The Committee also raised concerns that the rules do not specify that taxpayer dollars can’t be spent on religious instruction, which would violate the state’s Constitution. According to testimony submitted by the ACLU-NH, the rules are not clear, which could “create the environment where private religious schools will feel that… funds can be used for religious instruction.” They continue:
“This provision merely says that a parent must agree, in receiving EFA funds, to provide an education in certain core knowledge domains. Nothing states that EFA funds cannot be used for religious instruction either inside or outside these core domains. It should also go without saying that religious instruction can particularly seep into some of the core domains referenced in this statute, including in ‘science’ and ‘health.’”
When the oversight committee pressed the Department of Education on the lack of clarity around religious instruction, Commissioner Edelblut responded, “We believe that enumerating everything it can’t be spent on would be confusing… We think that [by] picking one item that would be disallowed … and fairly ubiquitously understood… that we create confusion for those families.”
The legislative oversight committee approved the rules with the request that the Department of Education work with the legislature on the concerns that have been noted and report back to the legislature in more detail on the topic of religious instruction and constitutionality.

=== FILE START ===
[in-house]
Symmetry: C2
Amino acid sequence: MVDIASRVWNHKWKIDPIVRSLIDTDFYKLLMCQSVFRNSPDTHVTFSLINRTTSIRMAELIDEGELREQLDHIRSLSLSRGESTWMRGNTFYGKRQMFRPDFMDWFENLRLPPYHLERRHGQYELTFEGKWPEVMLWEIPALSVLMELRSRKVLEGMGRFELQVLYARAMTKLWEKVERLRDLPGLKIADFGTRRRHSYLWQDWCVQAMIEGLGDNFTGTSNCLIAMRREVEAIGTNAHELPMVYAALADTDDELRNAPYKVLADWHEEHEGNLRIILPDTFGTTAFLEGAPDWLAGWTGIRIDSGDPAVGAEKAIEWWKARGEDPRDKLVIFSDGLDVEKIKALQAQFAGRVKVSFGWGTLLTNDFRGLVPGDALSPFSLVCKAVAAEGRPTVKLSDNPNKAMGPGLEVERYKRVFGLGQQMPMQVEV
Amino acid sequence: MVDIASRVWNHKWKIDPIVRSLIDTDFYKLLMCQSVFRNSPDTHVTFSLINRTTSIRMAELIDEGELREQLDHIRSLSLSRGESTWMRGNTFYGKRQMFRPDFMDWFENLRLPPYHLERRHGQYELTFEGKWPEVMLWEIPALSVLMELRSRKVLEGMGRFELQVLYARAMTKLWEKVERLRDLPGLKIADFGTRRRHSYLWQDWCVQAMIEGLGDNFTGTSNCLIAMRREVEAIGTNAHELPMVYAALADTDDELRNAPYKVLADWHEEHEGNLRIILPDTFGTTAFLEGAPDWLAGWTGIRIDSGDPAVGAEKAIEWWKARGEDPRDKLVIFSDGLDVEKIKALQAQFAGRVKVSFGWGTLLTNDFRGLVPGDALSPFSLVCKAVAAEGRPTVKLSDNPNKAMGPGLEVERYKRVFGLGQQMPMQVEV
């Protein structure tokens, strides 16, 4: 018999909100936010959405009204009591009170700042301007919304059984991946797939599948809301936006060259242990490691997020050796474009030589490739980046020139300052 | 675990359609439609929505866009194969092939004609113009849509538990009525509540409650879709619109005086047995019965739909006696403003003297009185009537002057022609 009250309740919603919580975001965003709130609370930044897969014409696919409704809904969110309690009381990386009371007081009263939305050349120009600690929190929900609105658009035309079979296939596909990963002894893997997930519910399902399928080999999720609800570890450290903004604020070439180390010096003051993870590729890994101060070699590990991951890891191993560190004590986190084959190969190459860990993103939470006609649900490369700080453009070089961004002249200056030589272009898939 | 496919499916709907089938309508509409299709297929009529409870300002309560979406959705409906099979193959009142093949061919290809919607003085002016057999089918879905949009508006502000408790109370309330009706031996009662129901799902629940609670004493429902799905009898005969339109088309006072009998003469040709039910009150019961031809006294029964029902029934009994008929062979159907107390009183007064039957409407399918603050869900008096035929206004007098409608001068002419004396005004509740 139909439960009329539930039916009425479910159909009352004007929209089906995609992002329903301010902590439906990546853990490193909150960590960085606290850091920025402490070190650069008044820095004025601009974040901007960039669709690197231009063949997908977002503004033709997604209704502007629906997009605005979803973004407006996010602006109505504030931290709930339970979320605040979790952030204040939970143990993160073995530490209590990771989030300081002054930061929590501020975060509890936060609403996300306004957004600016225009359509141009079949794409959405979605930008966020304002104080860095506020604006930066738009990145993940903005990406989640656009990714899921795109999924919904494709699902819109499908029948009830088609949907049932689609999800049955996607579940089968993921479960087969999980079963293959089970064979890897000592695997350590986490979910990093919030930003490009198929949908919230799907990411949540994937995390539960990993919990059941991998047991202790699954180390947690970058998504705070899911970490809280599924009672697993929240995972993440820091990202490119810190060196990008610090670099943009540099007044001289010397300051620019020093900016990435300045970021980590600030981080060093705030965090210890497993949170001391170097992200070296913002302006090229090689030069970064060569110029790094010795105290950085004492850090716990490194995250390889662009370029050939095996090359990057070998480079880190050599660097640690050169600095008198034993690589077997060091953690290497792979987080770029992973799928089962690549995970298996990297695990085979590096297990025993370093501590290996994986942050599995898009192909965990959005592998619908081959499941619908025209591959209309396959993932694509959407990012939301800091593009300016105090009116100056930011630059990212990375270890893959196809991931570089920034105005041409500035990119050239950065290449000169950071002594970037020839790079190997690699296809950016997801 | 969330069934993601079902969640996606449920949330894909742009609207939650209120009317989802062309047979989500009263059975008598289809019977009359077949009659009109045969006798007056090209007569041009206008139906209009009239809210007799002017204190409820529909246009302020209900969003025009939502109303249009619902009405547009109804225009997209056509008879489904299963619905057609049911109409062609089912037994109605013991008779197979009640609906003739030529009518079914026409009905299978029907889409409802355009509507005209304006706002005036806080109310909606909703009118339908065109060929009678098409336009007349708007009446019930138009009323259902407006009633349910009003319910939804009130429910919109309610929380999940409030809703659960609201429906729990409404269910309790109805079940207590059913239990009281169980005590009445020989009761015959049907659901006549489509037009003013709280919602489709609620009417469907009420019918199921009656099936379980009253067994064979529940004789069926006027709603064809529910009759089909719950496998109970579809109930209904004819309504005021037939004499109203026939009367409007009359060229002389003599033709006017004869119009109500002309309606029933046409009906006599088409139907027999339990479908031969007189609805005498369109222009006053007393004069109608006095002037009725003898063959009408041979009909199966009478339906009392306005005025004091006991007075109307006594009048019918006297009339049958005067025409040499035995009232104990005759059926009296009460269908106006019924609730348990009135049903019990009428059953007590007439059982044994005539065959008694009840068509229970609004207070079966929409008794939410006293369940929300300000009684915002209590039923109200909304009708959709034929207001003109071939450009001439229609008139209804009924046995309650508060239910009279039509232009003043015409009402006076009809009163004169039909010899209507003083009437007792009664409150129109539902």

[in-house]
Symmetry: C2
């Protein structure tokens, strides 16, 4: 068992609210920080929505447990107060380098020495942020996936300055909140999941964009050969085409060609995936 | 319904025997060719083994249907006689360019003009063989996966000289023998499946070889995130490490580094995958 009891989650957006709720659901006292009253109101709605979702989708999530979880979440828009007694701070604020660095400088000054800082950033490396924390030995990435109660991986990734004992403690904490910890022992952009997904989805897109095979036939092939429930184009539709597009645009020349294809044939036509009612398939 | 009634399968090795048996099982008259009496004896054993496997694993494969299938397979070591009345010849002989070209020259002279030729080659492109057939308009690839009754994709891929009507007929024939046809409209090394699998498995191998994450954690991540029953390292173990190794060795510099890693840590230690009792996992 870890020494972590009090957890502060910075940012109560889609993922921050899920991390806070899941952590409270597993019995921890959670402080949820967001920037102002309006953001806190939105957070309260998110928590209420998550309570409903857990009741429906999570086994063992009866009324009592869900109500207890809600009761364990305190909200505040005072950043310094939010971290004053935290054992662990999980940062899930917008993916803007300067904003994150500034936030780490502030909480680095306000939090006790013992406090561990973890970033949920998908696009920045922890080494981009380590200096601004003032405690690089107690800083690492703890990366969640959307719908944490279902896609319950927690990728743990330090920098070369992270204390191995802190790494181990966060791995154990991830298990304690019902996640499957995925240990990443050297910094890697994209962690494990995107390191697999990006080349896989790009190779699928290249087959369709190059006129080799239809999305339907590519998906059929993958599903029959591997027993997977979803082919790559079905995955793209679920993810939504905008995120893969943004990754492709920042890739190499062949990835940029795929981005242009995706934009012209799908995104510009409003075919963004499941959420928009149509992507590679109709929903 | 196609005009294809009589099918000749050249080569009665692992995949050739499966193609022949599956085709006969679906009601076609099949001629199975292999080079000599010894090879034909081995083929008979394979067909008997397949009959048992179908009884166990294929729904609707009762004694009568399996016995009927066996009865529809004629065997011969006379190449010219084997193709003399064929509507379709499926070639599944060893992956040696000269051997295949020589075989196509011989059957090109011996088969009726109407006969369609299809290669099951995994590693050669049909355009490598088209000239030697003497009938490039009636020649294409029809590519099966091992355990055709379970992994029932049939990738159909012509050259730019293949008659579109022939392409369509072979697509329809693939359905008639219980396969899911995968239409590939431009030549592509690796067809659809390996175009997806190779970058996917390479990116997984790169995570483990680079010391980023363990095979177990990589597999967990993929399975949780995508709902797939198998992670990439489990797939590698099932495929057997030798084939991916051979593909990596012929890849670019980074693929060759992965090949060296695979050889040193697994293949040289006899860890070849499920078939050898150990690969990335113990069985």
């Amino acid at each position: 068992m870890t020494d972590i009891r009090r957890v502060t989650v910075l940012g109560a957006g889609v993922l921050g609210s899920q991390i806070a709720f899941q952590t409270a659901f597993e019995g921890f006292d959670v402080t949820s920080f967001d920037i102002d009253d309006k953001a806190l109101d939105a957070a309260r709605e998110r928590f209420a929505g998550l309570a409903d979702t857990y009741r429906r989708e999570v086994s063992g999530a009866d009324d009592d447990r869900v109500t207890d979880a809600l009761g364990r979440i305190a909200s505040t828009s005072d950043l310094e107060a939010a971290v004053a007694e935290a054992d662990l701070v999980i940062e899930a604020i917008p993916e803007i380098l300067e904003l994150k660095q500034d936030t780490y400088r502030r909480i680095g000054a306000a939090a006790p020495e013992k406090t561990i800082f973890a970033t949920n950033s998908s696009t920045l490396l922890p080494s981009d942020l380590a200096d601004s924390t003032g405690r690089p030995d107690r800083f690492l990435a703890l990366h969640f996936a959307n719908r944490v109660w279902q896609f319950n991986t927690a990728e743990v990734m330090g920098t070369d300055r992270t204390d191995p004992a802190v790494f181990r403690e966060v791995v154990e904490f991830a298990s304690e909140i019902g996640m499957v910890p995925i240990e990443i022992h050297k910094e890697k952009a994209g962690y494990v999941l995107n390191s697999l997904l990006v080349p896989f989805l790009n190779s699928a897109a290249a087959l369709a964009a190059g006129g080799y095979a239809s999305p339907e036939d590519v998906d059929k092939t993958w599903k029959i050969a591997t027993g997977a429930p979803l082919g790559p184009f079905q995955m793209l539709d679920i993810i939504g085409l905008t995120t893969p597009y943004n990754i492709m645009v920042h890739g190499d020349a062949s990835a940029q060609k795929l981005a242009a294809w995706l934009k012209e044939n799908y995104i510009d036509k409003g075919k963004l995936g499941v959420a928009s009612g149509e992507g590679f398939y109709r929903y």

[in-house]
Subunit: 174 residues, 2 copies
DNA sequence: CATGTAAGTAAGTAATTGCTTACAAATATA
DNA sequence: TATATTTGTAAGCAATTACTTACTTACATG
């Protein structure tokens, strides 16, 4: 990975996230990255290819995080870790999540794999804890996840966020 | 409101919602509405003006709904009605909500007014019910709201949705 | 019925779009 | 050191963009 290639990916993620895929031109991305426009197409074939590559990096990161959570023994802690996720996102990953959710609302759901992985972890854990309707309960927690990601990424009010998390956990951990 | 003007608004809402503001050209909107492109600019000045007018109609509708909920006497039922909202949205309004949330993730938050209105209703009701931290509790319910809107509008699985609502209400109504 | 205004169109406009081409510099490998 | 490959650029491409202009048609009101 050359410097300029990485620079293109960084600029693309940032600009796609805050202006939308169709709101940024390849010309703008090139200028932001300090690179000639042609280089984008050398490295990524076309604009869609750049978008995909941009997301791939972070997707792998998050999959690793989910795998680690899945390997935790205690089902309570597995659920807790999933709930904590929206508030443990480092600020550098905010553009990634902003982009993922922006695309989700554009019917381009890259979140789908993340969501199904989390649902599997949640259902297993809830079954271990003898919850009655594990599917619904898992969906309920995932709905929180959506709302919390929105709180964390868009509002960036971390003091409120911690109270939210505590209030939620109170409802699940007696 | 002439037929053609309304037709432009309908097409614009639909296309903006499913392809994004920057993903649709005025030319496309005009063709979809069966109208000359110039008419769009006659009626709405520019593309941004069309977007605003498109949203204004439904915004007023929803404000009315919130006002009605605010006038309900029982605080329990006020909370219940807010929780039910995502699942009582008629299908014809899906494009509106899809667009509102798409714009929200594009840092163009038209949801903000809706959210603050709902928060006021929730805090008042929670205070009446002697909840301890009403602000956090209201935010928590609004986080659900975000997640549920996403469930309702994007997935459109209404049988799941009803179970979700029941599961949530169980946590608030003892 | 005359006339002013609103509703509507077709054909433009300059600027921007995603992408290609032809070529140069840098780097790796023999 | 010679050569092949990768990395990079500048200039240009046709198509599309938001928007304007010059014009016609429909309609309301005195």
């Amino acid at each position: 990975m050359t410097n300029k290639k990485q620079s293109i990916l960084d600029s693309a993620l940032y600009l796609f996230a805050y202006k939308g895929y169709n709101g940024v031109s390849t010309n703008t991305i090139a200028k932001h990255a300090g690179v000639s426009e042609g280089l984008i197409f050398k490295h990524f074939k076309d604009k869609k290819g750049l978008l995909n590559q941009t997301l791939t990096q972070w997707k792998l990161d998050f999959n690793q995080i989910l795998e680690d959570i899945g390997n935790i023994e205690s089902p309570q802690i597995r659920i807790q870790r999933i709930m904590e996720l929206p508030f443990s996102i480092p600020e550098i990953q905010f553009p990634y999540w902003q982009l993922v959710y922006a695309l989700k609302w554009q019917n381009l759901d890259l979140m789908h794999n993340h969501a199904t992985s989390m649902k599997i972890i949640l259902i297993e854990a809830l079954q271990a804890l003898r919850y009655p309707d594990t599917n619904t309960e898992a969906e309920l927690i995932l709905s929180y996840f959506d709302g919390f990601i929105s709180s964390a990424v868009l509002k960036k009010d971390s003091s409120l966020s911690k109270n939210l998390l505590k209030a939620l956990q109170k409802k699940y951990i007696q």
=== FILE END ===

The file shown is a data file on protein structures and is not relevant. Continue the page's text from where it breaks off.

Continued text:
Changes in the School Voucher Rules
The revised rules presented to the Committee today made some changes to the rules, including:
- Requiring that the scholarship organization post the background check policies of all education service providers. The rules still do not require education service providers to have a background check policy mandating that staff undergo a criminal record orand background check or that a negative background check would disqualify a staff member from having direct or indirect contact with children.
- Requiring the scholarship organization to treat students’ personal information “in a manner consistent with” the procedures that schools use. According to the NH Department of Education, the scholarship organization is not bound by federal data privacy laws, including FERPA for education-related information and HIPAA for health-related information. The scholarship organization may receive both types of data to verify student eligibility and to administer the program.
Outstanding Legislative Concerns for School Voucher Program
The revised rules do not address several special education-related comments or concerns, and state attorneys repeated several areas that may require action:
- RSA 194-F:1, XII and throughout. “Scholarship organization” is defined as singular not plural, and the statute is written as if there is one organization. Additionally, the parent and education service provider advisory commission appears to be one commission, not multiple commissions established for each organization.
- It is also unclear whether the provisions of RSA 91-A apply to the meetings of the Commission because it has been established by statute in RSA 194-F:5, I, and so, clarification in the statutes may be needed.